Looking towards the city, Norwich Yacht Station is on the right hand side and the Compleat Angler pub on the left. Willow trees line the river down towards Pulls Ferry and the next bridge in this series Bishopsgate Bridge. 

From Foundry Bridge looking towards Bishop Gate Bridge – image by @MyriadLifePhotoArt
Foundry Bridge from on the water – image by @MyriadLifePhotoArt

While researching the Foundry Bridge, I learned the tragic story of what happened nearby on April 4th, 1817 (Good Friday) to the Norwich Steam Packet when the engine exploded. You can read about it here on the NorfolkTalesMyths.com website.

This terrible story brought to mind a ghostly incident that happened in the Hotel Nelson garden a year ago. We often wander the city streets on summer nights, taking photographs and enjoying the lights. One night, we went down the steps from Foundry Bridge and walked alongside the Nelson Hotel into the garden. I walked a little ahead of my boyfriend while he stopped to read a sign, and suddenly, out of nowhere, a bottle flew through the air and landed by my foot. I spun around expecting to see the person who had thrown it, but there wasn’t a soul to be seen. There were no bushes to hide in.

With no wind and the bottle flying at knee height before it landed, we came to the conclusion it had been thrown by a ghost, or now I wonder, perhaps if it was eerily propelled by the historic explosion…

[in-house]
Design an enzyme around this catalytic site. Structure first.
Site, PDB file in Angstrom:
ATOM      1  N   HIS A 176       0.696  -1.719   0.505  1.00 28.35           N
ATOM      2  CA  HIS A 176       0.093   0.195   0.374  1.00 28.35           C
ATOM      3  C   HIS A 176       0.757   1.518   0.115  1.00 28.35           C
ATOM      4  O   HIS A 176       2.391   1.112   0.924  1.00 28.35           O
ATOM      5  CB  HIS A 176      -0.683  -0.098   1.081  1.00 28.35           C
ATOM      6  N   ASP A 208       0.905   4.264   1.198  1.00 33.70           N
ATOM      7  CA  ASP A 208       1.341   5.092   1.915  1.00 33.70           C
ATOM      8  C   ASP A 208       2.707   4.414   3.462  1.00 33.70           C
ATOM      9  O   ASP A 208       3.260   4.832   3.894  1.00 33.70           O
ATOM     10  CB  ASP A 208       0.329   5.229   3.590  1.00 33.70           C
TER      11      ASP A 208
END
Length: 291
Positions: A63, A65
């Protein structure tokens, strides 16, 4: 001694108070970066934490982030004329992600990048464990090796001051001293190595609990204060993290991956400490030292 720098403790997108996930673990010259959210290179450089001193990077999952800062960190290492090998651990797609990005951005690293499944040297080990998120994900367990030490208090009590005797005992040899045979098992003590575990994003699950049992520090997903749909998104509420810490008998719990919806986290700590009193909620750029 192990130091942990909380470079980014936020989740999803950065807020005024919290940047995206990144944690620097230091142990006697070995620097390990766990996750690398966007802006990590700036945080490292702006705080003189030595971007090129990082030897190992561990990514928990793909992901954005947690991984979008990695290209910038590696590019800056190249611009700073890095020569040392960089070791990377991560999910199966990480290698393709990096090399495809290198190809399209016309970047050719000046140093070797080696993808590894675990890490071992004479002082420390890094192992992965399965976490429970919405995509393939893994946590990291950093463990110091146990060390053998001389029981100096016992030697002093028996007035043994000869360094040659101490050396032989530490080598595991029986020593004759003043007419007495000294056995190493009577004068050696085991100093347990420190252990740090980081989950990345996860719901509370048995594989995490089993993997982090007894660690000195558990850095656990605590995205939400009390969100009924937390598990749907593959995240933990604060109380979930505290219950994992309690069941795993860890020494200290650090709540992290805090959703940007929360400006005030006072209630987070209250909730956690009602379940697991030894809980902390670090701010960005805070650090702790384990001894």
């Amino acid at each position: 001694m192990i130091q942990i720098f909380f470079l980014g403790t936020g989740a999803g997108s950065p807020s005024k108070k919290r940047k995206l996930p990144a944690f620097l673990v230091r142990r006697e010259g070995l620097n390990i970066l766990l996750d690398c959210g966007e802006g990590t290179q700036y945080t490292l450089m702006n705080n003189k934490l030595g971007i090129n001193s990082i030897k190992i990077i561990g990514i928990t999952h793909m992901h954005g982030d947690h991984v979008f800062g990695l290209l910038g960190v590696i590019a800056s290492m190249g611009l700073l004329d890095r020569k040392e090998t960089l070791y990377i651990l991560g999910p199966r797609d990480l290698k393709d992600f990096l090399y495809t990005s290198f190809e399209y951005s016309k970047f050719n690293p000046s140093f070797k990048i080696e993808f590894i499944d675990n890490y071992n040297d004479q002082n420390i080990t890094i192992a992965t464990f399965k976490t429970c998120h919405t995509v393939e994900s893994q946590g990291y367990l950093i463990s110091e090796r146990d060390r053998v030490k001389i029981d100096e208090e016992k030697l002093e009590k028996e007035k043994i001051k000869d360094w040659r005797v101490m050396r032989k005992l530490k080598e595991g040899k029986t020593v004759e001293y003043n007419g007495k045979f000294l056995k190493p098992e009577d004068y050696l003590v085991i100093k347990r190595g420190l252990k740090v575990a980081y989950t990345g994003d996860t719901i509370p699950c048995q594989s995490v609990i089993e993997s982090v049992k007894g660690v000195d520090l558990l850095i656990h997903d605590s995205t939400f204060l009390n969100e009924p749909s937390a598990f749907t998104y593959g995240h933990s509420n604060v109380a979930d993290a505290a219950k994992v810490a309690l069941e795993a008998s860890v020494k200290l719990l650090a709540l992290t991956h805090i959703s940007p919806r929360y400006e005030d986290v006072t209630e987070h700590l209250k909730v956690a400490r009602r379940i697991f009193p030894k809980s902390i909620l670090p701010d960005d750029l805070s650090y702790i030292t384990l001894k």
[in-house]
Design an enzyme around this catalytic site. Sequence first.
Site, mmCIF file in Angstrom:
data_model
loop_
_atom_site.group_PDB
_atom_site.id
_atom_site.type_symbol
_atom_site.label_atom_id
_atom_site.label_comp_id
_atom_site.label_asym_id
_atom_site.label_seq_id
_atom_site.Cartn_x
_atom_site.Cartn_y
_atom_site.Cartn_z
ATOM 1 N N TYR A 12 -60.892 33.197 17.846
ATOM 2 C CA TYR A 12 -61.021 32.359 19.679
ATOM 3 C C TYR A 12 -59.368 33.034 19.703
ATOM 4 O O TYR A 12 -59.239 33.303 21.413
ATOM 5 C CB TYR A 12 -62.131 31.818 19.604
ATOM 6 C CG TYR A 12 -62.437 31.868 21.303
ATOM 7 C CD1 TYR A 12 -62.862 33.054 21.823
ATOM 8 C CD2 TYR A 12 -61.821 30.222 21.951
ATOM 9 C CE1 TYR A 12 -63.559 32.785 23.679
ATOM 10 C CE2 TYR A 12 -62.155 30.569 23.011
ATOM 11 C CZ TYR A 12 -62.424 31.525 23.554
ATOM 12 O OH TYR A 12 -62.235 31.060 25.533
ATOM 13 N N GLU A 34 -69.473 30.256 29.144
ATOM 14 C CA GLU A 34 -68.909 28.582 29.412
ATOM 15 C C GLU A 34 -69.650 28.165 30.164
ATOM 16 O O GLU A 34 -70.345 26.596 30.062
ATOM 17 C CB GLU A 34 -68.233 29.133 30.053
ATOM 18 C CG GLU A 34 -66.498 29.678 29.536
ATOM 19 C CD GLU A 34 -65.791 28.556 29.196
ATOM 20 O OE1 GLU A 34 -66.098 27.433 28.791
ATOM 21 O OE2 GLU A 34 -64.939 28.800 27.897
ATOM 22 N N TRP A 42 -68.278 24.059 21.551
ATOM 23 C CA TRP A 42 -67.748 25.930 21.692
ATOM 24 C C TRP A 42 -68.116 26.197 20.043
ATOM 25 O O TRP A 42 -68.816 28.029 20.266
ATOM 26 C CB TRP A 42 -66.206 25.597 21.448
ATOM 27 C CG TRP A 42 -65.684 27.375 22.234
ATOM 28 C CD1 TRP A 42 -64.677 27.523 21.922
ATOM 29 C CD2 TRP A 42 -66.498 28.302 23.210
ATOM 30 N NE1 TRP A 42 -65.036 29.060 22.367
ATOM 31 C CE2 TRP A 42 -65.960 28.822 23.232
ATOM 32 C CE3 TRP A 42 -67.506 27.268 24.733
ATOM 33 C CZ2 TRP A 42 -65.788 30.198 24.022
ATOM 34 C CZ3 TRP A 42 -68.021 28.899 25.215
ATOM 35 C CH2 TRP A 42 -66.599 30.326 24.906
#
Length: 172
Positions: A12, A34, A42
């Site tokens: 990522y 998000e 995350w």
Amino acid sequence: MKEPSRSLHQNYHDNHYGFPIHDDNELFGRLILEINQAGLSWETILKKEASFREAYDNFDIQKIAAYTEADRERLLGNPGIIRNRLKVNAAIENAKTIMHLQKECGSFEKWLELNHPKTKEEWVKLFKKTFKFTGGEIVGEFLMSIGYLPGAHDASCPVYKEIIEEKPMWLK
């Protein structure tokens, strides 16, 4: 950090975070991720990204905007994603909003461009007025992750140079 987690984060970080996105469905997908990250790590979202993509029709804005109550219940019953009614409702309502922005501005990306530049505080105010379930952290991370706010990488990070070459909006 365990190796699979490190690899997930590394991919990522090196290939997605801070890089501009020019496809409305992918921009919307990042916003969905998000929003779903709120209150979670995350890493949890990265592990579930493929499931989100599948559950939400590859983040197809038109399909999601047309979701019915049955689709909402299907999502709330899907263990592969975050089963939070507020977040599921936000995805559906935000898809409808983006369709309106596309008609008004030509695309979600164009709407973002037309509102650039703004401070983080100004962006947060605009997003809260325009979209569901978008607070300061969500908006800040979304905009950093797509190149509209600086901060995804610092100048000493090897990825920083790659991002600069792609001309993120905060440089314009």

Whether you believe in ghostly happenings or not, it is the only explanation I have.

Look out for my next blog about Bridges o’er the Wensum – or get updated by hitting the subscribe button below.

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Bridges O’er The Wensum – Carrow Bridge

As part of my River Wensum photographic record, I am going to post about each of the bridges along the Wensum, starting here with Carrow Bridge.

Carrow Bridge is a lifting bridge. Unfortunately, I have never been lucky enough to see it lift up. I like to peer into the little control hut and imagine it in operation. Despite my best attempts to find a video of it opening, so far, I haven’t been successful. All I can find is a video of the test opening in 2018 to allow TS Lord Nelson aka HMS Vale pass through, which isn’t particularly interesting!

The current Carrow Bridge was constructed in 1923 to replace the old bridge to the South. More recently, there have been plans by the council to weld the bridge shut. Read a press release from the Norwich Society about this here

Reginald Dann, lived in Carrow Bridge House (the former bridge master’s house) for more than 50 years until it was sold at auction. Thankfully, a plan by the county council to demolish it was defeated by the city council.